Coronary artery disease develops as a result of damage to the coronary arteries, the major blood vessels that supply the heart with blood, oxygen and nutrients. The most common causes of coronary artery disease are cholesterol deposits (plaque) in the arteries and inflammation.

A buildup of plaque narrows the coronary arteries and decreases blood flow to the heart. Over time, this can cause chest pain (angina), shortness of breath or other symptoms. A complete blockage of the coronary arteries can cause a heart attack.

Coronary artery disease usually develops over decades and it may go unnoticed until it causes a heart attack.



Symptoms of coronary artery disease may include:


  • Chest pain (angina): Pressure or tightness in the chest and pain that is usually triggered by physical or emotional stress. In women, the pain may be fleeting or sharp and located in the abdomen, back or arm.
  • Shortness of breath: Shortness of breath or extreme fatigue with exertion may be the result of insufficient blood pumped by the heart.
  • Heart attack: Heart attack may be the result of completely blocked coronary artery with symptoms of chest pressure and pain in the shoulder or arm accompanied with sweating and shortness of breath.



Coronary artery disease is caused by damage or injury to the inner layer of a coronary artery. The damage may be caused by the following factors:


  • Smoking
  • High blood pressure
  • High cholesterol
  • Diabetes or insulin resistance
  • Sedentary lifestyle
  • Radiation therapy to the chest


Risk factors

Factors that increase the risk of coronary artery disease include:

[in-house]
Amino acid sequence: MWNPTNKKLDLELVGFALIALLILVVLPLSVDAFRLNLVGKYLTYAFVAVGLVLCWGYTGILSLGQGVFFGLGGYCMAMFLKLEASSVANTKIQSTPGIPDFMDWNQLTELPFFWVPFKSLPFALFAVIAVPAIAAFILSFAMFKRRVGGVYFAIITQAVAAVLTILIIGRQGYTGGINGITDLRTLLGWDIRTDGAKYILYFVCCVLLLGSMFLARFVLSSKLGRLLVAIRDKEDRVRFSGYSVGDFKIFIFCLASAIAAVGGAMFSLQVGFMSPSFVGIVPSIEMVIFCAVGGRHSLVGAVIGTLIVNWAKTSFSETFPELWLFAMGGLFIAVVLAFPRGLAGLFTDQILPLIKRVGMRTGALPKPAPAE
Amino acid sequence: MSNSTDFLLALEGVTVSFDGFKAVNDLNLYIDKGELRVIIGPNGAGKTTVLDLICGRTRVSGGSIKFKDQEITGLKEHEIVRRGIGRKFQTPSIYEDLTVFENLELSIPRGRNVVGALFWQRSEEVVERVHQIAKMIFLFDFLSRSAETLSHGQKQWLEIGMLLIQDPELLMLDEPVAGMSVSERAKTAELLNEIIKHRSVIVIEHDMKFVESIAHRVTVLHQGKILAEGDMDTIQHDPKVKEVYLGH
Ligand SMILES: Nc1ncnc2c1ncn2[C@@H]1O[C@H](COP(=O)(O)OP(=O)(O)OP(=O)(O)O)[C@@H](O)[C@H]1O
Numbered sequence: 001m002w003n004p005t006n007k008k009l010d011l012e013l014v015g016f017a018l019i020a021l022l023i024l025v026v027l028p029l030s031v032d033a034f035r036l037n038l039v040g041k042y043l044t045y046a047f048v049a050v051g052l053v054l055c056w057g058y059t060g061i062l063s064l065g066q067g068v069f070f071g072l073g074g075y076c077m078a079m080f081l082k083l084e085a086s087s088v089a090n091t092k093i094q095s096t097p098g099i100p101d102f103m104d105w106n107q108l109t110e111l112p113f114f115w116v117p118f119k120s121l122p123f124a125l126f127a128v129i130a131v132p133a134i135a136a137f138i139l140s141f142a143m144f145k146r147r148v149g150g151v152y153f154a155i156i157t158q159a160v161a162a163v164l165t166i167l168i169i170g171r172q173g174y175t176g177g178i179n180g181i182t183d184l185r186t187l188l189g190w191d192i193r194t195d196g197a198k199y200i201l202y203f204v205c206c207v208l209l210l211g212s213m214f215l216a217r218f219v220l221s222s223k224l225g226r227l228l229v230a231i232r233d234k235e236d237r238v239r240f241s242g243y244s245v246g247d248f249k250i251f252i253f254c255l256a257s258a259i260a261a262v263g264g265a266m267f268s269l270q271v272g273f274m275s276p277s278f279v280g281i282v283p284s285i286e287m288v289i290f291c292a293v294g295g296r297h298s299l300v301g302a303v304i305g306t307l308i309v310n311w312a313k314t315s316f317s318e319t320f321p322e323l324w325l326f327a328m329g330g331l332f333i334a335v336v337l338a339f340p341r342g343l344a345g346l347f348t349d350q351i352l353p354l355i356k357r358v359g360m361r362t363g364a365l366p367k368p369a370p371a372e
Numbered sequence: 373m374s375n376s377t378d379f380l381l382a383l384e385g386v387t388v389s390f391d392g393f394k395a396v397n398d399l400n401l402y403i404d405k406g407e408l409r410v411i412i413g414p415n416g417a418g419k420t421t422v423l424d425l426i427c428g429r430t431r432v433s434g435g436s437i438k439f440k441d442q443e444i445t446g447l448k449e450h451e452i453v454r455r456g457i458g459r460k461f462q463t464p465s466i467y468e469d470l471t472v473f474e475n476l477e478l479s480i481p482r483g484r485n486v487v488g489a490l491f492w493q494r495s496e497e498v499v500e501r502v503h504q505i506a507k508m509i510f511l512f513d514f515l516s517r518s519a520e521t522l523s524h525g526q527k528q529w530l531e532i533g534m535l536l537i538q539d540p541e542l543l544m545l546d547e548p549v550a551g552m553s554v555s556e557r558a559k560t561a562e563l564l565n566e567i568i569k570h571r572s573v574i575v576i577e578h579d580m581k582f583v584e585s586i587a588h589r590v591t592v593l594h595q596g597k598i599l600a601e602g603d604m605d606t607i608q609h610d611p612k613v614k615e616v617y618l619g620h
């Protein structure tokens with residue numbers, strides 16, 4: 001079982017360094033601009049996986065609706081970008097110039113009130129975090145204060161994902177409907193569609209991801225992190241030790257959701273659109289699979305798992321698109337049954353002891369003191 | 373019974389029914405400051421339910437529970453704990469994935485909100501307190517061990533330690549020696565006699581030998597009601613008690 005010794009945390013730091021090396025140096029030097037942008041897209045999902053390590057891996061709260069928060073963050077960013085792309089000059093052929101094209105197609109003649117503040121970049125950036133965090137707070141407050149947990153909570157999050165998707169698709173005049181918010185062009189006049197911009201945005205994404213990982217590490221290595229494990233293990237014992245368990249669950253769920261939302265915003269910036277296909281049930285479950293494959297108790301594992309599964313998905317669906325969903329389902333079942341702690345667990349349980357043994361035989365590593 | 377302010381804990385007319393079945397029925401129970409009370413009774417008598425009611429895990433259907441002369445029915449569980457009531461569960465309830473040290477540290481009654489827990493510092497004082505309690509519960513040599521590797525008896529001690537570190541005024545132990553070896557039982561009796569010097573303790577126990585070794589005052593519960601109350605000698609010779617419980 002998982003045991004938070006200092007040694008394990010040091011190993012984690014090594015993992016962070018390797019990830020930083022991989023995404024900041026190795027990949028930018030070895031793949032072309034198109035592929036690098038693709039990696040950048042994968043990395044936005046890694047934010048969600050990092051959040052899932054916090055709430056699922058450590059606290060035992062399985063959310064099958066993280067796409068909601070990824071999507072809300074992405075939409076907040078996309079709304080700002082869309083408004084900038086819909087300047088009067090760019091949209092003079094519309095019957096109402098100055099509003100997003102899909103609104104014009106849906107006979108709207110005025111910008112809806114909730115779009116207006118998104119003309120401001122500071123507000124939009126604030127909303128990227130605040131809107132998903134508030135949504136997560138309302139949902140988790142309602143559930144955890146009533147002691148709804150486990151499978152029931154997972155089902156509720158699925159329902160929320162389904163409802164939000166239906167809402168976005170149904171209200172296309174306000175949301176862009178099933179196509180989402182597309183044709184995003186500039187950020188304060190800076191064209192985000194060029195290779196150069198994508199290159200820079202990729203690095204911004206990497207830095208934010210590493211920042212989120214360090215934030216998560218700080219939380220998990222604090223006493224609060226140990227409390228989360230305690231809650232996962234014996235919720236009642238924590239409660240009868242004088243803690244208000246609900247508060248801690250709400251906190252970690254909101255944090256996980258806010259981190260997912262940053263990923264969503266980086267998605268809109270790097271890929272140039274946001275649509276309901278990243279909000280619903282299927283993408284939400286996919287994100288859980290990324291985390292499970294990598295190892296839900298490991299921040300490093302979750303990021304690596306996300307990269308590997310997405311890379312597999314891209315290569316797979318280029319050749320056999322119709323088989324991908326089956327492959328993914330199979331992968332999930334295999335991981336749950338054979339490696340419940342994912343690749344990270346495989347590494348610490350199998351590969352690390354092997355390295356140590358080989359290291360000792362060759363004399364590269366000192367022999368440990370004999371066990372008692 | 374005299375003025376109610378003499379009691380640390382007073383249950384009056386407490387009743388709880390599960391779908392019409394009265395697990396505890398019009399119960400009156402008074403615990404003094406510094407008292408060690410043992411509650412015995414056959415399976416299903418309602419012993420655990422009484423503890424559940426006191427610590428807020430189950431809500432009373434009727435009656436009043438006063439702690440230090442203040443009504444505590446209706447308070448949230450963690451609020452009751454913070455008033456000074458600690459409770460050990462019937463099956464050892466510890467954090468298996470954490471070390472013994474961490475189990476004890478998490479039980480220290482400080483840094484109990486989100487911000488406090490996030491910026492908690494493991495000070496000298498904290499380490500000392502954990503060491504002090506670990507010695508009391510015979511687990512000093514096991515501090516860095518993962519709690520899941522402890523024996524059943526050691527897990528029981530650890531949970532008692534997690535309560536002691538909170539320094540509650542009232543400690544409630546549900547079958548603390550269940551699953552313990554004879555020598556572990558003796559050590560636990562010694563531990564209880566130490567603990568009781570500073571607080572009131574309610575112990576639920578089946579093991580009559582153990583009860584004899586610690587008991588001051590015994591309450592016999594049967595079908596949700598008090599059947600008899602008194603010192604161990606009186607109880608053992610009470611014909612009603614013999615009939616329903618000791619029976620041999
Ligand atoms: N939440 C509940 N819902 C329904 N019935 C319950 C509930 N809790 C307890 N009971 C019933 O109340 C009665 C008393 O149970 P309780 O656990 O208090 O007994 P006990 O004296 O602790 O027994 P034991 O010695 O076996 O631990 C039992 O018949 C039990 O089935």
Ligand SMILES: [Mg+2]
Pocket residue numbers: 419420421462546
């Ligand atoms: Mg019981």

• Increasing age
  • Being male
  • Family history
  • Diabetes
  • Obesity
  • Physical inactivity
  • Smoking (nicotine constricts the blood vessels and carbon monoxide can damage their inner lining making them susceptible to atherosclerosis)
  • High blood pressure (uncontrolled high blood pressure hardens and thickens the arteries and narrows the blood flow channel)
  • High blood cholesterol levels (this increases the risk of plaques and atherosclerosis)
  • High stress (unrelieved stress can damage the arteries and worsen other risk factors)


Risk factors often occur in clusters and can build on one another. For example, obesity can lead to diabetes and high blood pressure. This combination increases the risk of coronary artery disease.

In some cases, coronary artery disease can develop without the classic risk factors. Alternative possible factors include:


  • Sleep apnea: a disorder that causes one to repeatedly stop and start breathing while sleeping, which increases blood pressure and strain the cardiovascular system.
  • C-reactive protein: This is a normal protein that increases in amount when there is swelling somewhere in the body. In this case, as the coronary artery narrows, the C-reactive protein in the blood increases.
  • High triglycerides: A type of fat in the blood, which can increase the risk of coronary artery disease if present in high amount.
  • Homocysteine: This is an amino acid used to make protein and to build and maintain tissue. High levels of homocysteine however, can increase the risk of coronary artery disease.
  • Lipoprotein (a): Lipoprotein (a) forms when a low-density lipoprotein attaches to a specific protein. This can disrupt the body’s ability to dissolve blood clots, which may lead to coronary artery disease and heart attack.



Possible complications of coronary artery disease include:


  • Chest pain (angina)
  • Heart attack (complete blockage of the heart artery)
  • Heart failure (chronic deprivation of oxygen and nutrients due to reduced blood flow or damage by a heart attack)
  • Abnormal heart rhythm (arrhythmia)




  • Quit smoking
  • Manage conditions such as high blood pressure, high cholesterol and diabetes
  • Regular exercise
  • Healthy diet (low-fat and low-salt diet)
  • Healthy weight
  • Reduce and manage stress